Only when a holistic cybersecurity strategy is in place can the organization’s security team give you the answer you need:“We have the ability to see our entire attack surface, including containers, web applications, servers and our industrial control systems. We are exposed to this vulnerability on 12% of our infrastructure. Our average time to address an issue of this magnitude is 18 days.”

The only way your security team can answer with this level of accuracy is to close the gaps in your security coverage and increase visibility. Every hidden corner of the company’s IT infrastructure must be illuminated and secured against threats. Only then can your security team produce reports which itemize specific vulnerabilities in cloud services and cloud environments, on-premises data centers, private and cloud environments, containers, industrial control systems, points of sale, HVAC, devices connected to the Internet from aquariums to smart TVs in break rooms, and anything else not typically handled by the IT and security operations teams.

Your CISO should use that list to provide you with a high-level overview of the systems and users which are most at risk, so you can urge management to plan the company’s next steps accordingly. Anything less will leave your security teams trying to mitigate risk in the dark. And that’s simply too big a risk for any company.

Want to learn more about key cybersecurity risk indicators, and what they mean to your business? Read our report, “Managing Cyber Risk: The New Mandate from the Corner Office.”

Economist Answers Questions on Freedom, Populism, Globalism

Editor’s note: Dambisa Moyo, author of The Edge of Chaos: Why Democracy Is Failing to Deliver Economic Growth—and How to Fix It (Basic Books, 2018), addressed the audience at the 2018 NACD Global Board Leaders’ Summit. She generously agreed to provide written answers to questions posed by the audience in that forum. Questions have been edited for clarity below. Return next week to read a second set of questions answered.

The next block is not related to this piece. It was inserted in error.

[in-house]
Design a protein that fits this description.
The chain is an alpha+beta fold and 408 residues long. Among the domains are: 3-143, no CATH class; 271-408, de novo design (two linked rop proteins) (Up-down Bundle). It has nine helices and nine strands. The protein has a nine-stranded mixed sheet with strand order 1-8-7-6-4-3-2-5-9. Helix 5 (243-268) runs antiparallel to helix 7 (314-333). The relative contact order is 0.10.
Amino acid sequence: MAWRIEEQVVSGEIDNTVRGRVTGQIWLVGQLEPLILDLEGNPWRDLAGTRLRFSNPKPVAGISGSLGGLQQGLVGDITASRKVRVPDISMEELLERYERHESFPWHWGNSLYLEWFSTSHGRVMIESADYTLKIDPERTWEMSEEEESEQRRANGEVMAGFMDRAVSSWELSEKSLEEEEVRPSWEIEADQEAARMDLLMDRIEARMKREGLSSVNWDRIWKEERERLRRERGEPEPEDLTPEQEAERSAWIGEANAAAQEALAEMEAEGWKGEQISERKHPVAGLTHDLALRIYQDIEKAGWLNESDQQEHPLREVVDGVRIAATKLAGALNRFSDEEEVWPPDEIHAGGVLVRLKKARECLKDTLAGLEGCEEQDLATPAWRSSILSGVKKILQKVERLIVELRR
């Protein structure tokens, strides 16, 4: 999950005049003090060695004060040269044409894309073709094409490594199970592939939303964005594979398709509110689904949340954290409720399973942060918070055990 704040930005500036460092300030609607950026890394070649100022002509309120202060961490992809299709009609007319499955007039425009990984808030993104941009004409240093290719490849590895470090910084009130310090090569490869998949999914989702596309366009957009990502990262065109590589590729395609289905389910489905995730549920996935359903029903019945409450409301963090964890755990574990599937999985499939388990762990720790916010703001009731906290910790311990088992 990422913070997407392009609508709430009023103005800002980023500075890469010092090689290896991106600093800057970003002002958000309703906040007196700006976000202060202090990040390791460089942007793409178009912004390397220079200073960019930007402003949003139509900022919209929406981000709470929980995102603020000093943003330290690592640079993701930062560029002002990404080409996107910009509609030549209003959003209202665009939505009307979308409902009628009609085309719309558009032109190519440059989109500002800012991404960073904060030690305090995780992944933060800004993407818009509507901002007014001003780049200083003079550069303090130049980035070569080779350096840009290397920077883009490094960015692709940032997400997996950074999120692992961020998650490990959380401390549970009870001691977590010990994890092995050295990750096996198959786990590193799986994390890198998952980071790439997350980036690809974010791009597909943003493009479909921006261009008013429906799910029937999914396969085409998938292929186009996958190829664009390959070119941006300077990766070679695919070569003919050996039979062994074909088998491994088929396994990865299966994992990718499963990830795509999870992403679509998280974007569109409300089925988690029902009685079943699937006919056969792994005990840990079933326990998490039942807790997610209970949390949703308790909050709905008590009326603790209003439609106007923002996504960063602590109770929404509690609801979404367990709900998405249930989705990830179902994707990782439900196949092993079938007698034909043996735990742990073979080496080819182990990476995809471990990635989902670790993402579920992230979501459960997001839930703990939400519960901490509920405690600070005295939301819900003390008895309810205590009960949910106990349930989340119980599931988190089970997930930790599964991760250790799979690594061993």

Is the desire for freedom waning, or is the power grab by illiberal politicians creating myopia and the feeling the system is rigged?

According to the think tank, Freedom House, freedom around the world has declined every year for the last ten years. Freedom House also notes, that although many countries of the world are democratic, the majority of those democracies (70%) are illiberal and indistinguishable from authoritarian states. Meanwhile, voter participation rates in the United States have declined, with only roughly 30 percent of low-income households turning out to vote. Finally, just 158 American families were responsible for 50 percent of the financial contributions made to the US presidential campaign in 2016. Taken together, these concerns leave many with the sense that democracy is not working effectively.

Can you speak about globalization and populism?

While it is true that globalization has come under challenge, in some respects the charges against the global system are unfair; not least because trade tariffs and subsidies (the European Union’s common agriculture policy and the multibillion-dollar US farm subsidy program), capital controls, and national limits on global immigration mean that globalization has never been implemented to the degree that economic text books would suggest could be beneficial for all. Moreover, as Alibaba’s Jack Ma notes, much of the billions of dollars earned by countries such as the United States and Europe from globalization was used to fight wars in Iraq and Afghanistan, rather than [to make] investments in education and infrastructure projects, thereby leaving many millions of people [not only] in the West but also in the rest of the world economically destitute and skeptical of globalization. Furthermore, this backdrop provided an impetus for populism that we’re seeing around the world. This is especially true at a time when income inequality within countries has worsened and people believe the prospect of improvement for future generations is declining.